#FEMSmicroBlog: Simulating vaccinating strategies in the COVID-19 epidemic


To study epidemiological dynamics, classical mathematical modeling considered only limited sets of dual factors. However, membrane computational modeling is increasingly used since it includes multi-level biological scenarios. The study “Simulating the efficacy of vaccines on the epidemiological dynamics of SARS-CoV-2 in a membrane computing model” in microLife applies this computing procedure to model different vaccination strategies during the SARS-CoV-2 pandemic. Fernando Baquero explains for the #FEMSmicroBlog what we can learn from such models about the epidemic spread and the efficacy of vaccine interventions. #FascinatingMicrobes


Why we need membrane computational modeling

As an observational science, epidemiology analyzes the factors that influence the emergence of epidemic events. Based on these findings, epidemiologists can then propose corrective interventions to limit the spread of infectious diseases.

Epidemiology as far as human health is concerned is not an experimental science. Consequently, predicting novel emergences, epidemic dynamics or the efficacy of interventions in particular demographic landscapes remains limited.

Only in the last few years, membrane computational modeling has been applied to study epidemiological dynamics. In contrast to classical mathematic modeling, membrane computing is based on a simulation of all objects that influence epidemic dynamics.

In contrast to classical mathematic modeling, membrane computing is based on simulating all objects that influence epidemic dynamics.

In this regard, an object is an individual entity and can be represented by a “membrane”. This could be for example an individual virus particle or a host. One membrane might also contain other membranes. The relations between nested membranes are further defined by a set of rules, for example by the probabilities of contact.

The publication “Simulating the efficacy of vaccines on the epidemiological dynamics of SARS-CoV-2 in a membrane computing model” in microLife applies these novel computational approaches to improve the predictability of the epidemic spread and the value of applying interventions.


Modeling SARS-CoV-2 epidemics

The publication simulates a town according to particular demographic data. These encompass an age pyramid, family structure(s), activities in different spaces – such as working from or outside of home – attendance at school, leisure time and time spent in public spaces. The data also account for social factors, for example, if an individual is in a nursing home, hospital or intensive care unit.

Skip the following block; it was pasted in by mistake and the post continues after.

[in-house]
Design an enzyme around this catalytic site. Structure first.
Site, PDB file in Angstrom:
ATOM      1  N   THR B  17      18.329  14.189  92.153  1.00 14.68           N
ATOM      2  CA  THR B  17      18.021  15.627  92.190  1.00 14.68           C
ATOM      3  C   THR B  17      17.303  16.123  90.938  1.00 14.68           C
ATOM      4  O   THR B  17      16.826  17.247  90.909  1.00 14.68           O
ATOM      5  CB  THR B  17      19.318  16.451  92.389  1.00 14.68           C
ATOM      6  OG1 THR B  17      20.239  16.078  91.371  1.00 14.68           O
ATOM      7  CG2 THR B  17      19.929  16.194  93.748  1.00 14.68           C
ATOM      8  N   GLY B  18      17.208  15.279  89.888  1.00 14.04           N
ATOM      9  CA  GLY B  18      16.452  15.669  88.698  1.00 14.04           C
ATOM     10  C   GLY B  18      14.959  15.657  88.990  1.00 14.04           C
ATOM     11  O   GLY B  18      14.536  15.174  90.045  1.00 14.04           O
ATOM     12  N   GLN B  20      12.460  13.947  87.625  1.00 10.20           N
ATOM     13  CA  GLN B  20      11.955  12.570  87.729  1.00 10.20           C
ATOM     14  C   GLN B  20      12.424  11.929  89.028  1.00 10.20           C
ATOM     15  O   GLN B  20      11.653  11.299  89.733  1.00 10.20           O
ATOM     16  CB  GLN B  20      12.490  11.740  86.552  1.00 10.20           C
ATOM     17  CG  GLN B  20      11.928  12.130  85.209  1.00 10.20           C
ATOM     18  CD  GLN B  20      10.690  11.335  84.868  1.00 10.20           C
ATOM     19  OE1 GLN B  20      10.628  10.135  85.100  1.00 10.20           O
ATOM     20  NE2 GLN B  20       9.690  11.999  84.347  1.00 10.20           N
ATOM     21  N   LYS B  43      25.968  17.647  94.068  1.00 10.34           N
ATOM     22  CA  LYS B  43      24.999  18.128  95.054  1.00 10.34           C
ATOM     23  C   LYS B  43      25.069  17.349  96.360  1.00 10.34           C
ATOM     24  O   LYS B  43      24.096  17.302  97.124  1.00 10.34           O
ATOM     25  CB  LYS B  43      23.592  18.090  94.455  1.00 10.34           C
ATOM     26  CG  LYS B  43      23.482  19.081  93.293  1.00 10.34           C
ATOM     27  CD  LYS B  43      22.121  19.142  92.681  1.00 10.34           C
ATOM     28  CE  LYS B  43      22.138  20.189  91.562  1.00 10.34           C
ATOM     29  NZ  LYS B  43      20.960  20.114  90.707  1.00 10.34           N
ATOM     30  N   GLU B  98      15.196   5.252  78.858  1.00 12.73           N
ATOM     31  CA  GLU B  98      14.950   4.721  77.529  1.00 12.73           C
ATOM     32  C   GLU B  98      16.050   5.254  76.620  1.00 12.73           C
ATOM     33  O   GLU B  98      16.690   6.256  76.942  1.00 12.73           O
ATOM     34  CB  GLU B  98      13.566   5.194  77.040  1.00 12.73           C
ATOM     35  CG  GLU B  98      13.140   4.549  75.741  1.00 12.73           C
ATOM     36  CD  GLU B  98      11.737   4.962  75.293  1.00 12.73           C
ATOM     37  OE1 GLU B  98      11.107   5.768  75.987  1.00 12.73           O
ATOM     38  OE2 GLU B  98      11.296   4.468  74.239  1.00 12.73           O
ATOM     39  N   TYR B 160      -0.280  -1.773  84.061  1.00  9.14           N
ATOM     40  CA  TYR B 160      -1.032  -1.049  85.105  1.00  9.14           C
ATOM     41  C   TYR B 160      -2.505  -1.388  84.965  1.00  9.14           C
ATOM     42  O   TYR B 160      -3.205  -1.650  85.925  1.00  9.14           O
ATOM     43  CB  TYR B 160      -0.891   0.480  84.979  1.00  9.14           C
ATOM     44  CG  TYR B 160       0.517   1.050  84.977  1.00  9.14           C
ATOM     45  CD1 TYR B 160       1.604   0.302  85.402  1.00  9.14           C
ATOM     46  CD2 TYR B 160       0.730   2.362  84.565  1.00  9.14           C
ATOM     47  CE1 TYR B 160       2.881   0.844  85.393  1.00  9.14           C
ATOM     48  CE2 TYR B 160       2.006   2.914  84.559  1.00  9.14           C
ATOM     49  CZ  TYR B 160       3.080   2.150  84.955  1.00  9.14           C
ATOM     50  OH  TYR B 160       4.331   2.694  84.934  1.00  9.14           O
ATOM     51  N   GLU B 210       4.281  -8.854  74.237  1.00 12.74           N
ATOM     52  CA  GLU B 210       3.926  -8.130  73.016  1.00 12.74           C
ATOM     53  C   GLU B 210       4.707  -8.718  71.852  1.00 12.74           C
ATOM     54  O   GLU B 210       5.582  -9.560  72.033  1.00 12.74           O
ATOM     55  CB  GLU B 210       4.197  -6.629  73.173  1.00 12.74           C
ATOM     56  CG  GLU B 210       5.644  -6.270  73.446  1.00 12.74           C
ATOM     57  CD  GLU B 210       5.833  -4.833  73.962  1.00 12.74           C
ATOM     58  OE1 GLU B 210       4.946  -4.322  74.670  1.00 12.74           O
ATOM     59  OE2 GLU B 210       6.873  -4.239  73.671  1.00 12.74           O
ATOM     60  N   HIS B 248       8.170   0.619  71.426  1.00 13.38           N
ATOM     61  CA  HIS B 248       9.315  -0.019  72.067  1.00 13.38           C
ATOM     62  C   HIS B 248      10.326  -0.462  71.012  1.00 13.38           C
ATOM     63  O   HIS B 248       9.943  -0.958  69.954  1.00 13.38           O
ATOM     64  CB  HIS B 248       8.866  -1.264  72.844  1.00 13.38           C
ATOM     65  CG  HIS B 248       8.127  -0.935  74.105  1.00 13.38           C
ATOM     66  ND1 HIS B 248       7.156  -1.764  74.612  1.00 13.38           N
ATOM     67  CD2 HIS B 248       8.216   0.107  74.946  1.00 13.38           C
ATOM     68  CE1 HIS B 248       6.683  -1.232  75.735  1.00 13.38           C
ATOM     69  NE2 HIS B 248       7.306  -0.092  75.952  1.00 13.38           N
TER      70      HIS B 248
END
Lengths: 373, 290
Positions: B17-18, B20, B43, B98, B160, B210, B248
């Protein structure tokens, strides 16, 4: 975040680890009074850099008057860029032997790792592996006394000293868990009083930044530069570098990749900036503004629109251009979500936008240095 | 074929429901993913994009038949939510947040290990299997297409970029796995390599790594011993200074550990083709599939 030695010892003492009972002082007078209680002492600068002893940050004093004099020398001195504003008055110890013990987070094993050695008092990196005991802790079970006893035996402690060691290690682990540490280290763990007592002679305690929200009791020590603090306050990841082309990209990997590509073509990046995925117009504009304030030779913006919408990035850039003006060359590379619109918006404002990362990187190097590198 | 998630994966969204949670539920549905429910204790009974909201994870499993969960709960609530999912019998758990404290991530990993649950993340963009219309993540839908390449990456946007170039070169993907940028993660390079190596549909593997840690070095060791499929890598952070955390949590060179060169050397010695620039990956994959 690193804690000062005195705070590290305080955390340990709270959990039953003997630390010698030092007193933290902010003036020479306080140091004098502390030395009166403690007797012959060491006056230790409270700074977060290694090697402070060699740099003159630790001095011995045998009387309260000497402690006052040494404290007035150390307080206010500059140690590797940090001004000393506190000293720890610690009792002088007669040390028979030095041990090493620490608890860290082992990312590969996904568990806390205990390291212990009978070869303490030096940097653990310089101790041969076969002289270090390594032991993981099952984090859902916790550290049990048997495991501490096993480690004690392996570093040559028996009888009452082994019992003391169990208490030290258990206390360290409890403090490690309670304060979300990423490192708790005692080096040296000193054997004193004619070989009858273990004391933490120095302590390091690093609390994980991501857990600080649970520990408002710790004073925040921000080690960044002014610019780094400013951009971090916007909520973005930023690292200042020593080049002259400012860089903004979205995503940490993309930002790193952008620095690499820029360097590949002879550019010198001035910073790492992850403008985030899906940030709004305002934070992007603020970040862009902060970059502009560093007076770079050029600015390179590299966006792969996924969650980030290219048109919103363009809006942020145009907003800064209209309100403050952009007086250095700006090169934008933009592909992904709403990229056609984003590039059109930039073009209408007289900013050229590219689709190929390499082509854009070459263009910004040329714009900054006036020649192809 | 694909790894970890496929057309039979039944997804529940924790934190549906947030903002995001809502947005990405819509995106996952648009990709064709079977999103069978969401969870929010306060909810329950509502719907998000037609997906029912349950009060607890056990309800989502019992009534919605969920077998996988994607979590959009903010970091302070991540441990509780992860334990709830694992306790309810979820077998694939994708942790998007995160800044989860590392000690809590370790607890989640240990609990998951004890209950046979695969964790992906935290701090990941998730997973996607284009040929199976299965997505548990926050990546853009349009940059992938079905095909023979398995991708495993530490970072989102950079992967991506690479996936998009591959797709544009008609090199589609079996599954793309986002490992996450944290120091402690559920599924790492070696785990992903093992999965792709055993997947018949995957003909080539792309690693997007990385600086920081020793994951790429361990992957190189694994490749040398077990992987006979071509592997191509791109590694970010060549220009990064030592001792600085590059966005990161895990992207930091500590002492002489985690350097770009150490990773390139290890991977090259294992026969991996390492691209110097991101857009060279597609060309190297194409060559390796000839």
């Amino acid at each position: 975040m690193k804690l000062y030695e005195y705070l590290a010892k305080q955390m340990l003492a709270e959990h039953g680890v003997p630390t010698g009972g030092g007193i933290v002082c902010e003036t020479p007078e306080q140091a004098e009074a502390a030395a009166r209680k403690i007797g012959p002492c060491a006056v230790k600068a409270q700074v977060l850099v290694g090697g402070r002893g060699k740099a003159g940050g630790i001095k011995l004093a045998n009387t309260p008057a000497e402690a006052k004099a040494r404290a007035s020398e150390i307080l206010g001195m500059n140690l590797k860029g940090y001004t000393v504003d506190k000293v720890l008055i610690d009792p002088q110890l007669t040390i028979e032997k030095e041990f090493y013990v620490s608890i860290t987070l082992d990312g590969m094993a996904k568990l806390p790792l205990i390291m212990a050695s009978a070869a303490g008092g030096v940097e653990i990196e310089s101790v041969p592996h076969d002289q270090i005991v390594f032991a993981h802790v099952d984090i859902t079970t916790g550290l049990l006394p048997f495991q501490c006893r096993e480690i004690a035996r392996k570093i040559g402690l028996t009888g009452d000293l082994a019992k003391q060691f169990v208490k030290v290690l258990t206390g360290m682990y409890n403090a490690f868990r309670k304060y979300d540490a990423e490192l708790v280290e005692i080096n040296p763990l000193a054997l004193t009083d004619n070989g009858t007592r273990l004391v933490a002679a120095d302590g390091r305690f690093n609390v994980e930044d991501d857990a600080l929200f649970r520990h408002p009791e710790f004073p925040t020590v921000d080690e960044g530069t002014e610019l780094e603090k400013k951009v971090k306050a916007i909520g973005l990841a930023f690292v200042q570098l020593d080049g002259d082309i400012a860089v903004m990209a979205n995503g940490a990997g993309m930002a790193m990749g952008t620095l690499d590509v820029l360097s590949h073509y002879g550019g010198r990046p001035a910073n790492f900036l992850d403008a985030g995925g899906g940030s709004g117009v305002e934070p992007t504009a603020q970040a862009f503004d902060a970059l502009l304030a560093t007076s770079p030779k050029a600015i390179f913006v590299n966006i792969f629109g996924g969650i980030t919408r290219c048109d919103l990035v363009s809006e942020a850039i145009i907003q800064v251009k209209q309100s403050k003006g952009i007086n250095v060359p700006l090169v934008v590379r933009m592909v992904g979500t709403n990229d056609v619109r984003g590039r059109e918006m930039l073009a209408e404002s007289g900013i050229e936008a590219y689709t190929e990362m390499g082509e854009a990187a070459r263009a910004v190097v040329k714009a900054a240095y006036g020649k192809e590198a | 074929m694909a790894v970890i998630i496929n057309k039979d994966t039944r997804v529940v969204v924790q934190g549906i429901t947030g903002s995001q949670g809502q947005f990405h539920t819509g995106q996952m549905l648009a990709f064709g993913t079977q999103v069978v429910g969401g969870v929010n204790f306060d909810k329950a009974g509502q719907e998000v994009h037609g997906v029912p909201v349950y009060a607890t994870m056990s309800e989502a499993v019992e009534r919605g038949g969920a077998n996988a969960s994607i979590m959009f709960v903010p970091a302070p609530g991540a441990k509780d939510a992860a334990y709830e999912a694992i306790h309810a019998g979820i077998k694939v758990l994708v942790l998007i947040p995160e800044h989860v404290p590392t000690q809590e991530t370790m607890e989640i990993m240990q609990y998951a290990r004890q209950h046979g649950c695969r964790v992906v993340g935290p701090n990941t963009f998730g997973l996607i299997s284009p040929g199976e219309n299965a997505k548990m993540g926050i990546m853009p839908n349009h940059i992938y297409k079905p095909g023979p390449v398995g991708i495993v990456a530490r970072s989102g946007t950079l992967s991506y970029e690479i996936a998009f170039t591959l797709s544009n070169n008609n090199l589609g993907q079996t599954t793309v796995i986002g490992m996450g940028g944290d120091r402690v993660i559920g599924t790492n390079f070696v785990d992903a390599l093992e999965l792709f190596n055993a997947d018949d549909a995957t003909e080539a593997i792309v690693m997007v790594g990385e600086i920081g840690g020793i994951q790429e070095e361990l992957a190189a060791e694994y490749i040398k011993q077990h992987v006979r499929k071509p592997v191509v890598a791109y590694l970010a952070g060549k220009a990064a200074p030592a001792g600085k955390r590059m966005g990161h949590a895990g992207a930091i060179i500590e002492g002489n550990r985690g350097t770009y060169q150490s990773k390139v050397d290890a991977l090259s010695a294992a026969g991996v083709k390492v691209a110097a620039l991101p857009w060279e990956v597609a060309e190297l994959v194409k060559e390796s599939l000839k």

This simulation model suggests that individuals respond to the SARS-CoV-2 contagion in relation to their level of innate or acquired immunity. This results in different (positive or negative) viral loads and hence possibilities of transmission. At the same time, different degrees of morbidity and mortality rates can be evaluated in the model.

The publication first simulates such a basic scenario without any intervention. When certain parameters are changed, for instance, the duration of acquired immunity, a shorter and more endemic epidemic takes place.


Protecting the elderly as a key intervention

Applying additional interventions to the model changes the effect on the epidemic dynamics. A previous publication analyzed non-pharmacological interventions such as lockdowns to decrease transmission. Yet, the here highlighted publication focuses on how vaccination and double vaccination (booster vaccination) impact the endemic outcome. The study also models the effects of mixed interventions, for example, lockdown plus vaccination.

The results indicate how important it is to completely vaccinate elder individuals over 60 years as a key intervention in the SARS-CoV-2 epidemic. Breaking the transmission chain at this point would indeed be sufficient to sharply decrease the mortality of the affected population.

Breaking the transmission chain by completely vaccinating elder individuals would be sufficient to decrease mortality by SARS-CoV-2.

This study shows that membrane computing models might be relevant for testing assumptions in simulated epidemics and not only SARS-CoV-2. The membrane computing approach has been applied previously to predict the spread of antibiotic-resistance genes, mobile genetic elements and resistant bacterial clones in hospitals and the community. As such, membrane computing simulations can help clarify uncertainties in adopting public health decisions and implementing focused interventions.


About the author of this blog

Fernando Baquero, M.D., Ph.D. is a Research Professor at the Division of Microbial Biology and Evolution of the Ramón y Cajal Institute for Health Research (IRYCIS), Department of Microbiology of the Ramón y Cajal University Hospital, Evobiome Lab, in Madrid, and Center of Network Research in Epidemiology and Public Health (CIBER-ESP) from the Carlos III Institute of Health of Spain.

About this blog section

The section #FascinatingMicrobes for the #FEMSmicroBlog explains the science behind a paper and highlights the significance and broader context of a recent finding. One of the main goals is to share the fascinating spectrum of microbes across all fields of microbiology.

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